By Samuel Beckett; Directed by Ciarán O’Reilly
Off Broadway, Classic Play
Runs through 4.9.23
Irish Repertory Theatre, 132 West 22nd Street
by Regina Robbins on 2.4.23
John Douglas Thompson and Bill Irwin in Endgame. Photo by Carol Rosegg.
BOTTOM LINE: Beckett's dark comedy of 20th-century despair is proven timeless in the hands of director Ciarán O’Reilly and some of New York's best stage actors.
Irish Rep’s stages are small, but that’s just as well when mounting a production of Samuel Beckett’s Endgame. A play that engenders an overwhelming sense of claustrophobia, it takes place in a single room, where three of its characters are physically trapped. The fourth is hobbled by pain but not so impaired that he couldn’t make an escape, if he had the will—but does he? Because this is Beckett, the action unfolds over 85 minutes rather than petering out in just ten, asking—but not necessarily answering—questions about family, intimacy, capitalism, religion and war…for starters. The cramped stage is hosting impossibly large ideas.
Endgame might be the biggest downer of Beckett’s generally bleak full-length plays, its central characters the least lovable. It’s a blessing, then, to have Bill Irwin and John Douglas Thompson in the lead roles; the former is a Beckett expert and the latter a novice, but both are the kind of stage actors who make a meal out of difficult texts. Thompson plays Hamm, a blind, chair-bound man who, despite his disabilities, controls everyone around him, including his hapless servant (slave?) Clov, played by Irwin. Also on hand for the mind games are Hamm’s parents, Nagg (Joe Grifasi) and Nell (Patrice Johnson Chevannes), who live, or are kept, in two adjacent garbage cans, placed just far enough apart to prevent them from kissing. That’s the kind of play we’re dealing with—one in which the only characters who show any affection for each other are prevented from fully expressing it. It’s grim, yes, but don’t feel bad if it also makes you giggle, at least at first. Nell explains it herself: “Nothing is funnier than unhappiness…it’s the most comical thing in the world. And we laugh, we laugh, with a will, in the beginning. But it’s always the same thing. Yes, it’s like the funny story we have heard too often, we still find it funny, but we don’t laugh any more.”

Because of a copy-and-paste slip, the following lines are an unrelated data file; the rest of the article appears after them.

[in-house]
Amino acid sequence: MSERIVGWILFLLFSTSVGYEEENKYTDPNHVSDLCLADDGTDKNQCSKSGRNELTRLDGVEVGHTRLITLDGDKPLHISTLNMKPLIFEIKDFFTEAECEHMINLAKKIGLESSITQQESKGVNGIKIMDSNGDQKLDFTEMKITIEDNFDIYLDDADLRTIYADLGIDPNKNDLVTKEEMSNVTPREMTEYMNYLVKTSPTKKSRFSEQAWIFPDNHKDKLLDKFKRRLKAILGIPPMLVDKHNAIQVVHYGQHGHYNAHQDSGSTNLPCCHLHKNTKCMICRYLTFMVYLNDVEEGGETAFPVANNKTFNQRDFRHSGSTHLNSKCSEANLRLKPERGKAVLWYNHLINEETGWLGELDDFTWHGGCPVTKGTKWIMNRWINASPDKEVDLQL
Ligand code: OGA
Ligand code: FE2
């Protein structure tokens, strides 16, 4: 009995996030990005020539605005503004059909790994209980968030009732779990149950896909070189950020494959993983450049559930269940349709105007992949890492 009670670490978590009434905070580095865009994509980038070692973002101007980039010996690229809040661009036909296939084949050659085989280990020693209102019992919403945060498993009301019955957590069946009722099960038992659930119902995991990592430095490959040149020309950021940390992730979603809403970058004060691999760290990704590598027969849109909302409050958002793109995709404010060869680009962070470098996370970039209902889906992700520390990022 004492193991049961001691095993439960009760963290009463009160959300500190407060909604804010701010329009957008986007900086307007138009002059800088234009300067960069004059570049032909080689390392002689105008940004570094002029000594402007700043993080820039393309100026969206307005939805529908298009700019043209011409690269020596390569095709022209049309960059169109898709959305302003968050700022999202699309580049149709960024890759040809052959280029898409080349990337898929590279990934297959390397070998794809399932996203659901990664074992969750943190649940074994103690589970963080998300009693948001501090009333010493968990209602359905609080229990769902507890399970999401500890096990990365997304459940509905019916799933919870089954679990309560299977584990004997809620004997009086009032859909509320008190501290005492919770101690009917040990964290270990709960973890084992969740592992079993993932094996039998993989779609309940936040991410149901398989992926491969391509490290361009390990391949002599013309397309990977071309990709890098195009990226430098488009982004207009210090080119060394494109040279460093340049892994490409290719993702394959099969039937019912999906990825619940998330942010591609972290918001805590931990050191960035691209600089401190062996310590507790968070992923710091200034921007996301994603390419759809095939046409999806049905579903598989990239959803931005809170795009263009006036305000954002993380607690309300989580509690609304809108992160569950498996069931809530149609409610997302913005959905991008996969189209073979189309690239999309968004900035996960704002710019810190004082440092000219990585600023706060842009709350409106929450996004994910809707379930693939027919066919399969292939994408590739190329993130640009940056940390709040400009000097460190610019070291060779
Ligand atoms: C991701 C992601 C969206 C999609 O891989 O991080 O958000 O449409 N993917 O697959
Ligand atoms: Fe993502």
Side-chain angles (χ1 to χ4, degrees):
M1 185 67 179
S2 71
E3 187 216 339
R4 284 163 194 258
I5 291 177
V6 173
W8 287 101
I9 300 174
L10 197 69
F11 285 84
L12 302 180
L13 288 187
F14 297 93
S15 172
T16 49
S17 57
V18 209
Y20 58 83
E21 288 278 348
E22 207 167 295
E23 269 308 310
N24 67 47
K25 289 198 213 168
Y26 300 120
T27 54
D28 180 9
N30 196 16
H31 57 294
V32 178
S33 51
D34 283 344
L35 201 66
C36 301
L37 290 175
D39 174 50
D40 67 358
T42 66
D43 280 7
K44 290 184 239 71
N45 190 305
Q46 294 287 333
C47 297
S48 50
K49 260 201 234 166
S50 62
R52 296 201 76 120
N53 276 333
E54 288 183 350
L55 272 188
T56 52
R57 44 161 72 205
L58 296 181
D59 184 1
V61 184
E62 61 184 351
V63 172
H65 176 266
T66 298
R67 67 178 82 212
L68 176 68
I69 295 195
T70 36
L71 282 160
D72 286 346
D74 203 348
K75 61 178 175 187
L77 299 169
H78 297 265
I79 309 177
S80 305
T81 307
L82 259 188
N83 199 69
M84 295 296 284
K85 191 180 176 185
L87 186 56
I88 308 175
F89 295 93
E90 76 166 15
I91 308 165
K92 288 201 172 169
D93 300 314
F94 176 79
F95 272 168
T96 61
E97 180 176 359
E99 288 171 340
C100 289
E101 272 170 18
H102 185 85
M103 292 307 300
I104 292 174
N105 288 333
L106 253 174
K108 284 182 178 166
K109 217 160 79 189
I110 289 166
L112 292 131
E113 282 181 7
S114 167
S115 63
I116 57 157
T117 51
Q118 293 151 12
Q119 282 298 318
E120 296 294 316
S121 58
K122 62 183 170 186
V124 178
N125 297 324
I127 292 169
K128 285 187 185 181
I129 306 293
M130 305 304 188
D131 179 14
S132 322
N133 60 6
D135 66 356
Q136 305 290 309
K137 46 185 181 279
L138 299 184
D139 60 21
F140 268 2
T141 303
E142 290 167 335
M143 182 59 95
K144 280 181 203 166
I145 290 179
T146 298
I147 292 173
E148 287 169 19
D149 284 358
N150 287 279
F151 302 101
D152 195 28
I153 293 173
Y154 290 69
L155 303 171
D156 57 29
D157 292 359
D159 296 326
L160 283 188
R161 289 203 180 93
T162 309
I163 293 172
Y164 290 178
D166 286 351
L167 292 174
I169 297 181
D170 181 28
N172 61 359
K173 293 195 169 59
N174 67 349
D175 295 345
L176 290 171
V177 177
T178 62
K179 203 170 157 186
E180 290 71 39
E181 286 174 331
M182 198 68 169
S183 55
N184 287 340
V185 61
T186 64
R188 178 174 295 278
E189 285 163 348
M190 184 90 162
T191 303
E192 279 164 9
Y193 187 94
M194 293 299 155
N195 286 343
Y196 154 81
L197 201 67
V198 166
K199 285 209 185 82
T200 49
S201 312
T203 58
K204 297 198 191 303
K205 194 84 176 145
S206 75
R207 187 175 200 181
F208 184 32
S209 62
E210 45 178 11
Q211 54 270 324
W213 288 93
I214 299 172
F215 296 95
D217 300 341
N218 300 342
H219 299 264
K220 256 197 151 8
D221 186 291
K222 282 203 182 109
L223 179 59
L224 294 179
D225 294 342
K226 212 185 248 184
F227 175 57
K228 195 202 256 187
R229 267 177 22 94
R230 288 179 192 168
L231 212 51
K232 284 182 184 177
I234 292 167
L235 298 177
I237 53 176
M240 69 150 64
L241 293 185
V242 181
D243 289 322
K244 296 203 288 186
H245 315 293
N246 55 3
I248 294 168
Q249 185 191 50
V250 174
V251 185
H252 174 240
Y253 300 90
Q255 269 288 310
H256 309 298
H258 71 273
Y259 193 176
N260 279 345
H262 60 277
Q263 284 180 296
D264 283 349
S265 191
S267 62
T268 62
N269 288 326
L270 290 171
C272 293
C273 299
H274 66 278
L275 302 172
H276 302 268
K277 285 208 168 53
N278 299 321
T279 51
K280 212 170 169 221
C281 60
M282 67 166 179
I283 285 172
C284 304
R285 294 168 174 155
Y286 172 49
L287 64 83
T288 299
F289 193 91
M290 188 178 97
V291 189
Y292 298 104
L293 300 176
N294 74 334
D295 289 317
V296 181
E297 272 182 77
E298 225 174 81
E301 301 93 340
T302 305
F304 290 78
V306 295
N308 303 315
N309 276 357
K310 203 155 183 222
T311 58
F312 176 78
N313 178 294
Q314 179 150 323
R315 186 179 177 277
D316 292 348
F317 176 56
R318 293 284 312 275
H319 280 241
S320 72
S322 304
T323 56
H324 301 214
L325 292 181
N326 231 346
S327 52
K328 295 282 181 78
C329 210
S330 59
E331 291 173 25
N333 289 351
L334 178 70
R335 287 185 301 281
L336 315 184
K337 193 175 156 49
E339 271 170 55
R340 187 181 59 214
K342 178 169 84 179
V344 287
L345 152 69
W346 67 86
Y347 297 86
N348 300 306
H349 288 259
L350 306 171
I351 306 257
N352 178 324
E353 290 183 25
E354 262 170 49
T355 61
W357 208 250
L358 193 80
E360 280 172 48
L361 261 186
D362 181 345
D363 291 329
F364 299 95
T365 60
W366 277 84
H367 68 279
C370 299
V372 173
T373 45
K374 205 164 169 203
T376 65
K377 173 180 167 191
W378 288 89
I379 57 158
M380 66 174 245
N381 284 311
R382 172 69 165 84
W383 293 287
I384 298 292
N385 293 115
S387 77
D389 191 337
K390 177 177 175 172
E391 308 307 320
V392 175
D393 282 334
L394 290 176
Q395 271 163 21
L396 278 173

As befitting a play called Endgame, everyone onstage is old or older. However, it’s not merely their lives that are approaching the end, but the world itself—not that we see very much of it: the only windows in the room are so high and small that Clov has to climb up on a ladder to look out. He describes what he sees as “zero...zero…and zero.” What’s happened? The play doesn’t say specifically, only that food and bicycle parts seem to have run out and seeds won’t sprout. Whether you take that as a literal doomsday scenario or a metaphorical one is largely up to you.
Putting Irwin and Thompson at the center of this existential square dance adds unique layers to a text that’s already thick with mystery, literary references and creeping dread. A half-broken man of few words (except when forced to answer Hamm’s impatient questions), Clov is an ideal role for for the endlessly watchable Irwin, a performer who has all but single handedly kept the clowning tradition alive in America. Thompson’s Hamm is the yang to Irwin/Clov’s yin, physically helpless yet psychologically dominant, his rich voice and exquisite diction used alternately to wax philosophical about his miserable condition and to bark commands and insults at the members of his cheerless household. In their smaller roles, Grifasi and Johnson Chevannes make every moment count; he's pathetic, she's pitiable, their wretchedness alleviated only by their happy memories of the past—though they don’t necessarily agree on what the happy parts were.
It’s to director Ciarán O’Reilly’s credit that his cast is able to take us along with them on this confusing journey without losing us on the way. Endgame’s greatest irony, of course, is that nobody goes anywhere (see also: Waiting for Godot, Happy Days) and almost nothing changes, yet when it’s over we feel as if we’ve climbed a mountain…and seen an unforgettable view. It’s hard to imagine a better mountaineering team than the one Irish Rep has assembled.
(Endgame plays at Irish Repertory Theatre, 132 West 22nd Street, through April 9, 2023. The running time is 85 minutes without an intermission. Performances are Wednesdays at 2 and 7; Thursdays at 7; Fridays at 8; Saturdays at 2 and 7; and Sundays at 3. Masks required Wednesday matinees and Saturday evenings. Tickets are $50-$95 and are available at irishrep.org.)
Endgame is by Samuel Beckett. Directed by Ciarán O’Reilly. Scenic Design is Charlie Corcoran. Costume Design is Orla Long. Lighting Design is Michael Gottlieb. Original Music & Sound Design by M. Florian Staab. Production Stage Manager is Jeff Davolt.
The cast is Bill Irwin, John Douglas Thompson, Joe Grifasi, and Patrice Johnson Chevannes.